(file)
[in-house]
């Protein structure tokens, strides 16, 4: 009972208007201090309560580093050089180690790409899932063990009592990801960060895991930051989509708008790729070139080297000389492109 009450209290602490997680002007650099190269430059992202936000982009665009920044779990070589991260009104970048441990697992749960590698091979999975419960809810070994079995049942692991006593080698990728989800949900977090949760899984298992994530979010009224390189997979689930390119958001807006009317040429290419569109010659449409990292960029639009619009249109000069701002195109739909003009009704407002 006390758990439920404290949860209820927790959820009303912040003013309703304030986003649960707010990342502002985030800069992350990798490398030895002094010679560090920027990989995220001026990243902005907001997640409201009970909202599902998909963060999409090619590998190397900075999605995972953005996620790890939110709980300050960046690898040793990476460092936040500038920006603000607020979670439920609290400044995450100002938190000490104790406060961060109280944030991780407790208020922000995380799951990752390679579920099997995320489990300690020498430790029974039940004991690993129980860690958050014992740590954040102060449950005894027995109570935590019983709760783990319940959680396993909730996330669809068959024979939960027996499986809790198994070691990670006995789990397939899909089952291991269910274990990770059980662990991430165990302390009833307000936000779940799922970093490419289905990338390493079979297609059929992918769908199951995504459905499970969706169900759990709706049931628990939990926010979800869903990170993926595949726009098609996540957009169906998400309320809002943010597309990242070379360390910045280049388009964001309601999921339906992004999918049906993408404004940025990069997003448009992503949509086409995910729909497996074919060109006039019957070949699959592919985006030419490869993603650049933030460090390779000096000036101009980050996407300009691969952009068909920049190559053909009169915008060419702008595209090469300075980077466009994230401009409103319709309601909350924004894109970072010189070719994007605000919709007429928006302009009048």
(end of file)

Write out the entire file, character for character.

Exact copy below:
[in-house]
């Protein structure tokens, strides 16, 4: 009972208007201090309560580093050089180690790409899932063990009592990801960060895991930051989509708008790729070139080297000389492109 009450209290602490997680002007650099190269430059992202936000982009665009920044779990070589991260009104970048441990697992749960590698091979999975419960809810070994079995049942692991006593080698990728989800949900977090949760899984298992994530979010009224390189997979689930390119958001807006009317040429290419569109010659449409990292960029639009619009249109000069701002195109739909003009009704407002 006390758990439920404290949860209820927790959820009303912040003013309703304030986003649960707010990342502002985030800069992350990798490398030895002094010679560090920027990989995220001026990243902005907001997640409201009970909202599902998909963060999409090619590998190397900075999605995972953005996620790890939110709980300050960046690898040793990476460092936040500038920006603000607020979670439920609290400044995450100002938190000490104790406060961060109280944030991780407790208020922000995380799951990752390679579920099997995320489990300690020498430790029974039940004991690993129980860690958050014992740590954040102060449950005894027995109570935590019983709760783990319940959680396993909730996330669809068959024979939960027996499986809790198994070691990670006995789990397939899909089952291991269910274990990770059980662990991430165990302390009833307000936000779940799922970093490419289905990338390493079979297609059929992918769908199951995504459905499970969706169900759990709706049931628990939990926010979800869903990170993926595949726009098609996540957009169906998400309320809002943010597309990242070379360390910045280049388009964001309601999921339906992004999918049906993408404004940025990069997003448009992503949509086409995910729909497996074919060109006039019957070949699959592919985006030419490869993603650049933030460090390779000096000036101009980050996407300009691969952009068909920049190559053909009169915008060419702008595209090469300075980077466009994230401009409103319709309601909350924004894109970072010189070719994007605000919709007429928006302009009048």